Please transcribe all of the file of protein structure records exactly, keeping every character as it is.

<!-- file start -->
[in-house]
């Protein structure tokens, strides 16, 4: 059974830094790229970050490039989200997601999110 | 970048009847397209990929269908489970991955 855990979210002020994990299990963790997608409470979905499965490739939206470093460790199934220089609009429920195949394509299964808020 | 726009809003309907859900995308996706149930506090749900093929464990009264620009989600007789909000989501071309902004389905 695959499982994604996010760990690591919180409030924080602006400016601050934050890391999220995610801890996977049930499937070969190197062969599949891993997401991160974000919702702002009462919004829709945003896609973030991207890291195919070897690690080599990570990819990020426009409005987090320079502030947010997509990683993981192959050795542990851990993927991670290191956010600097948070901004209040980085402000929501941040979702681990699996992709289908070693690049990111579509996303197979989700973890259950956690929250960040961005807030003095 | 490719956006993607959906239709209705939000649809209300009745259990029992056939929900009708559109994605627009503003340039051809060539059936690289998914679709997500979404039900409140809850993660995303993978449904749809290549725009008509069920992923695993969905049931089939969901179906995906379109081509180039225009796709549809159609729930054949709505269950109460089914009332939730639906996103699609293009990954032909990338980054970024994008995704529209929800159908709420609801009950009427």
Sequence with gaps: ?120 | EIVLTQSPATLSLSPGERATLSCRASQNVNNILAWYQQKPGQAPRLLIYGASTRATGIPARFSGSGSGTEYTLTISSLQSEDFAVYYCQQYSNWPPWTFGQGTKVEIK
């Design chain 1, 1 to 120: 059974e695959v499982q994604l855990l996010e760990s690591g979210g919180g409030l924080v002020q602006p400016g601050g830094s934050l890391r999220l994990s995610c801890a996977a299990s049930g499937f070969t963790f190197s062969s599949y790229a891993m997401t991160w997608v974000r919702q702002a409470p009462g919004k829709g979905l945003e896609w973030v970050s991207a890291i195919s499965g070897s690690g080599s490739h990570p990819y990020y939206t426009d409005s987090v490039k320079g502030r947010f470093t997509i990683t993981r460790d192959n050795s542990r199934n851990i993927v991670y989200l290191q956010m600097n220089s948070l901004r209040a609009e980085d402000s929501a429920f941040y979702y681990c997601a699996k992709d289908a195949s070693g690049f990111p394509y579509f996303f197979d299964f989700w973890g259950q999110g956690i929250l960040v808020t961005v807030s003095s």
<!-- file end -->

[in-house]
């Protein structure tokens, strides 16, 4: 059974830094790229970050490039989200997601999110 | 970048009847397209990929269908489970991955 855990979210002020994990299990963790997608409470979905499965490739939206470093460790199934220089609009429920195949394509299964808020 | 726009809003309907859900995308996706149930506090749900093929464990009264620009989600007789909000989501071309902004389905 695959499982994604996010760990690591919180409030924080602006400016601050934050890391999220995610801890996977049930499937070969190197062969599949891993997401991160974000919702702002009462919004829709945003896609973030991207890291195919070897690690080599990570990819990020426009409005987090320079502030947010997509990683993981192959050795542990851990993927991670290191956010600097948070901004209040980085402000929501941040979702681990699996992709289908070693690049990111579509996303197979989700973890259950956690929250960040961005807030003095 | 490719956006993607959906239709209705939000649809209300009745259990029992056939929900009708559109994605627009503003340039051809060539059936690289998914679709997500979404039900409140809850993660995303993978449904749809290549725009008509069920992923695993969905049931089939969901179906995906379109081509180039225009796709549809159609729930054949709505269950109460089914009332939730639906996103699609293009990954032909990338980054970024994008995704529209929800159908709420609801009950009427």
Sequence with gaps: ?120 | EIVLTQSPATLSLSPGERATLSCRASQNVNNILAWYQQKPGQAPRLLIYGASTRATGIPARFSGSGSGTEYTLTISSLQSEDFAVYYCQQYSNWPPWTFGQGTKVEIK
């Design chain 1, 1 to 120: 059974e695959v499982q994604l855990l996010e760990s690591g979210g919180g409030l924080v002020q602006p400016g601050g830094s934050l890391r999220l994990s995610c801890a996977a299990s049930g499937f070969t963790f190197s062969s599949y790229a891993m997401t991160w997608v974000r919702q702002a409470p009462g919004k829709g979905l945003e896609w973030v970050s991207a890291i195919s499965g070897s690690g080599s490739h990570p990819y990020y939206t426009d409005s987090v490039k320079g502030r947010f470093t997509i990683t993981r460790d192959n050795s542990r199934n851990i993927v991670y989200l290191q956010m600097n220089s948070l901004r209040a609009e980085d402000s929501a429920f941040y979702y681990c997601a699996k992709d289908a195949s070693g690049f990111p394509y579509f996303f197979d299964f989700w973890g259950q999110g956690i929250l960040v808020t961005v807030s003095s």